And I think 2/3 of fans would probably back pro/rel but not just now.
Actually Spurs have always been one of the 'elite' English clubs, English football goes back FAR more than 20 years! They might be viewed as more 'elite' the other side of the world when they actually win something perhaps?
That's true, but you could make the same claim about an awful lot of English clubs.
While other teams have come and gone, you can't have a big 4, 5, 6 or 7 in England without Manchester United, Liverpool, Arsenal and Tottenham.
And in recent years Spurs have finished outside the top 5 twice since 2004/05 (6th and 10th).
They're also the establishment favorite for playing exciting, attacking football (often to their own detriment) and producing their own leading international players from Blanchflower to Greaves, to Hoddle, to Campbell, to Alli and Kane.
Tottenham is also saddled with a cultural identity that the traditionally big clubs don't have, of which Britain has only recently started to reflect about itself societally.
Sure it does ... Leeds and Newcastle are big clubs historically too. That doesn't make them "elite"
Spurs has won exactly one more "major" trophy than Villa and two more than Everton (UEFA, FIFA, FA, PL, EFL honors).
In FA honors they fall behind Everton by rank of precedence of honors won (but even on number) and again only sit one above Villa.
So are Everton and Villa elite?
In the PREM era they've only got 1 more top 4 finish than Newcastle. The only team of the 6 that have played all 27 PREM season that they sit above, is Everton (and they're much closer to Everton in 6th than Liverpool in 4th on that scale). The last decade has rosed some of the glasses they're seen with. Before the last decade not so much. The entirety of their 30yrs in the top division before this last decade didn't produce as many top 6 finishes as the last decade has.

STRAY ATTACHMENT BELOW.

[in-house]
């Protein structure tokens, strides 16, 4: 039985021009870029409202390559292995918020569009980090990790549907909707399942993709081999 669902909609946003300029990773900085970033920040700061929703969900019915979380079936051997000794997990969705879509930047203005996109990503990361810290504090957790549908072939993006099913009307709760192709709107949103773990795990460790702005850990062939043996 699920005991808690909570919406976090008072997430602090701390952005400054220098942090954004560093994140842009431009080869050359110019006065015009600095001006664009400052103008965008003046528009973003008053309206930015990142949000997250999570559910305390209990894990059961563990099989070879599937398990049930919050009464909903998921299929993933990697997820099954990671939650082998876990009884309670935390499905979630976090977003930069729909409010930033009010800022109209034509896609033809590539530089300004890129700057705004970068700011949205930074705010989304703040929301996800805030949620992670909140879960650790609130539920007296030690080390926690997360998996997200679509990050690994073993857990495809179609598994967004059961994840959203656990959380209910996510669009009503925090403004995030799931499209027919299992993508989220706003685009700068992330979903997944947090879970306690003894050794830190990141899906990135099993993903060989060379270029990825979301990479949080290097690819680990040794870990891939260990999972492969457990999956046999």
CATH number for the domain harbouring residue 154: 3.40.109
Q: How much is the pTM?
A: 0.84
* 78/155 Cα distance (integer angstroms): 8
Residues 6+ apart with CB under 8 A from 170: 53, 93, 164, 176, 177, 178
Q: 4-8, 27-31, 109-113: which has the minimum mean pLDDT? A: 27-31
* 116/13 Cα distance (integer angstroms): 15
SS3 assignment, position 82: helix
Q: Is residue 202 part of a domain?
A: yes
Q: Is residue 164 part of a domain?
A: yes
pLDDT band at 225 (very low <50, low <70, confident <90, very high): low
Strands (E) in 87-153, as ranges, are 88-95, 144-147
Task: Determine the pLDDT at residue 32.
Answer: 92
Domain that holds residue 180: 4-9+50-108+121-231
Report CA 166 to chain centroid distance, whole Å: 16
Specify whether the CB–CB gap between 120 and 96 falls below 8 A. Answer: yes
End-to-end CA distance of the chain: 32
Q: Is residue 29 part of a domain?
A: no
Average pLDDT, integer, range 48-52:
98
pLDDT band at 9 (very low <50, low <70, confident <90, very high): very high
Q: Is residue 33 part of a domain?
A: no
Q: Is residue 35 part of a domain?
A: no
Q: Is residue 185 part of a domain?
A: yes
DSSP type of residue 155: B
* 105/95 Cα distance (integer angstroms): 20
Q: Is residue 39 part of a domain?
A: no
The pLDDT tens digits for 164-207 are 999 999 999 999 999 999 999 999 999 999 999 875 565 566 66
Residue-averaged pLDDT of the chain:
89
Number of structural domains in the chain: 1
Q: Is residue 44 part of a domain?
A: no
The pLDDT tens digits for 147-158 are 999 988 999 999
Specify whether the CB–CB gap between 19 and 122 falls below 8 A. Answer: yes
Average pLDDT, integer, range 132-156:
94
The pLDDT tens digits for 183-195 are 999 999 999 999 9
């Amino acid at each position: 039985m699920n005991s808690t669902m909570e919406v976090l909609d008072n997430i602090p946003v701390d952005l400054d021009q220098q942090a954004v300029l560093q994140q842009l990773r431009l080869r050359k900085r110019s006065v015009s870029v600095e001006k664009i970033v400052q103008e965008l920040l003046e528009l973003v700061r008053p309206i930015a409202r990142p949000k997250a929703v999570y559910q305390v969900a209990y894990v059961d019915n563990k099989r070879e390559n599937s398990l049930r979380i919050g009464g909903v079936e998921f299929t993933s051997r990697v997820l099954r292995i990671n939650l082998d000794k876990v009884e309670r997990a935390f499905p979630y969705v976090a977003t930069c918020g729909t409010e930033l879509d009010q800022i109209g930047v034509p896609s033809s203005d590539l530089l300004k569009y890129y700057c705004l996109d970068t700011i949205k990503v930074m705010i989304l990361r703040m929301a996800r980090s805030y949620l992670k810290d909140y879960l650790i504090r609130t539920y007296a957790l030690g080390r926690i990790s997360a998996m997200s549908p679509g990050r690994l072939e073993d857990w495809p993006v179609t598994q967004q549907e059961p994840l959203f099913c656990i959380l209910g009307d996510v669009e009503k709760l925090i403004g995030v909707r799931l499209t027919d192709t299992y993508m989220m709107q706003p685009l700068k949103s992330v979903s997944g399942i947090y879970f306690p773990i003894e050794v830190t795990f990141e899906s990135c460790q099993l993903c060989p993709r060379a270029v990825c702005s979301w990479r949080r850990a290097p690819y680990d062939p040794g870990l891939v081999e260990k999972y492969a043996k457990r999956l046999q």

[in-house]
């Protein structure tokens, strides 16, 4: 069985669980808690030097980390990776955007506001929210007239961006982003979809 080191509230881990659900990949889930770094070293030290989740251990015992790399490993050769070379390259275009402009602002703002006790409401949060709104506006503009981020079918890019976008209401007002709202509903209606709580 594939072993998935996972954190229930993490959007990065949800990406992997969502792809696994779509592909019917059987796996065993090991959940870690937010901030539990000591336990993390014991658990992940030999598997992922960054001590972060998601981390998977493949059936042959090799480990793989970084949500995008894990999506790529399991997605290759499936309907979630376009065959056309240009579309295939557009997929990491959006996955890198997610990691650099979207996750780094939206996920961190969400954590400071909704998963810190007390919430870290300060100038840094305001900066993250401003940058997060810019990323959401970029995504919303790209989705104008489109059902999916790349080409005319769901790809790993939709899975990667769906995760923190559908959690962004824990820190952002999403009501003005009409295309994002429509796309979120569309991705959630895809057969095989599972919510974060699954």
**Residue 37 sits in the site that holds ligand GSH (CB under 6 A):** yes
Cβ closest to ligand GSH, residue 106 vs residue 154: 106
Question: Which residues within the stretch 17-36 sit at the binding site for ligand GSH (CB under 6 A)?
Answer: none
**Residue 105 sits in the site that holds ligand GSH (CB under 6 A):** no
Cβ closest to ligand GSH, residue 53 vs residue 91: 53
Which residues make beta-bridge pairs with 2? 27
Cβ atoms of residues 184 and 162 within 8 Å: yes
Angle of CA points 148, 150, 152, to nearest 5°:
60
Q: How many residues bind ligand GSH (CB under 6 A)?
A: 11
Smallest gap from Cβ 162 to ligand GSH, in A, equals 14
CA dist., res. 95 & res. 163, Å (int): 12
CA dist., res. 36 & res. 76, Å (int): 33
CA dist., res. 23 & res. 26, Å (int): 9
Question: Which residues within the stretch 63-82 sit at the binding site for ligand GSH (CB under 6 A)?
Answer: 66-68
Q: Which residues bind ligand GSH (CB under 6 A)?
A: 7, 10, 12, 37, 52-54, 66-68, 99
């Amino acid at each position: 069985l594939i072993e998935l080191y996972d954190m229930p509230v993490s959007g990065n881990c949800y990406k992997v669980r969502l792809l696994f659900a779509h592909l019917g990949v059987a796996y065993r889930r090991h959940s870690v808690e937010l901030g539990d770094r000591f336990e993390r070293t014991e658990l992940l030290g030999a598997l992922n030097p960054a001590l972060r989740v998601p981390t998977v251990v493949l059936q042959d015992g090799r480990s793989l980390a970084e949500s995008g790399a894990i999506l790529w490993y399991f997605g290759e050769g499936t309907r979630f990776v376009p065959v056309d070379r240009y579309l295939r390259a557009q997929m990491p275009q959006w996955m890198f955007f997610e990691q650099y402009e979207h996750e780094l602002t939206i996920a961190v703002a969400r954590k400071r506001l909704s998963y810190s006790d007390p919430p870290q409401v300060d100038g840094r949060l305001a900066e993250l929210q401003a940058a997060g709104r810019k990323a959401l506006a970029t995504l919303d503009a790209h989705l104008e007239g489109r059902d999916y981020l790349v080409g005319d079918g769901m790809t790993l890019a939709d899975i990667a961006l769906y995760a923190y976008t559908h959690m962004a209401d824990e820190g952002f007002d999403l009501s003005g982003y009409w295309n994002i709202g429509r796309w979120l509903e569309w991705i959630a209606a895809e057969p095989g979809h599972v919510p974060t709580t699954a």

Yeah, they "win games" better than most .... but they ain't ELITE (unless what that word means happened to change recently).
You seem to base English football history on 20 years or so, Villa have won 19 major trophies, Spurs 17, Villa have been league champions 7 times to Spurs 2, Spurs have 3 Euro trophies to Villa's 1 but Villa have been champions of Europe (something Spurs have never been). Everton have 15 major trophies NINE times league champions, 5 FA cups and 1 Euro trophie. All 3 clubs have a trophy haul that MOST English clubs can only dream of, all 3 are considered as 'top tier' English clubs, there is an AWFUL lot of football history in England that pre-dates the Premier League, it seems that many people seem to forget this. Incidentally Leeds United don't match up to these 3, Leeds had a golden era in the late 60's early 70's that 'propelled' them on to the elite stage but ultimately they have not been a 'big' club through most of their history. Spurs, Villa and Everton have always been among the 'best' supported English football clubs and this I believe also tells a story. Best 'ALL TIME average' club attendances 1. Man Utd - 35.447 2. Liverpool - 33,376 3. Tottenham - 33,332 4. Arsenal - 31,550 5. Chelsea - 30,853, after that its Newcastle.
Greaves was actually a production of the Chelsea pipeline, in my opinion he was also the greatest striker in Chelsea's history. 169 appearances and 132 goals.
Yeah and right as the league went global, allowing clubs with Worldwide fan bases to capitalize on that, and bringing in worldwide investment.
One thing that didn't change was pro/rel though, that's exactly the same as it was.
As I suggested, mention a top 5, 6 or 7 and Spurs will always be there. Everton and Villa have dropped in and out.
One important factor is that the media loves Spurs and has done so since the late 50s.
Attendance-wise Spurs have played in a smaller stadium than Man Utd and Liverpool.
Historically most English grounds had larger capacities, before 'health and safety' came into play particularly, stadium size may well be a factor now but historically not so much.
Notts County have been a basket case for much of the last half century. So they really need to take responsibility for their predicament. Forest had a stroke of genius in hiring Clough but have underachieved pretty much ever since.
Who needs to take responsibility for their predicament exactly?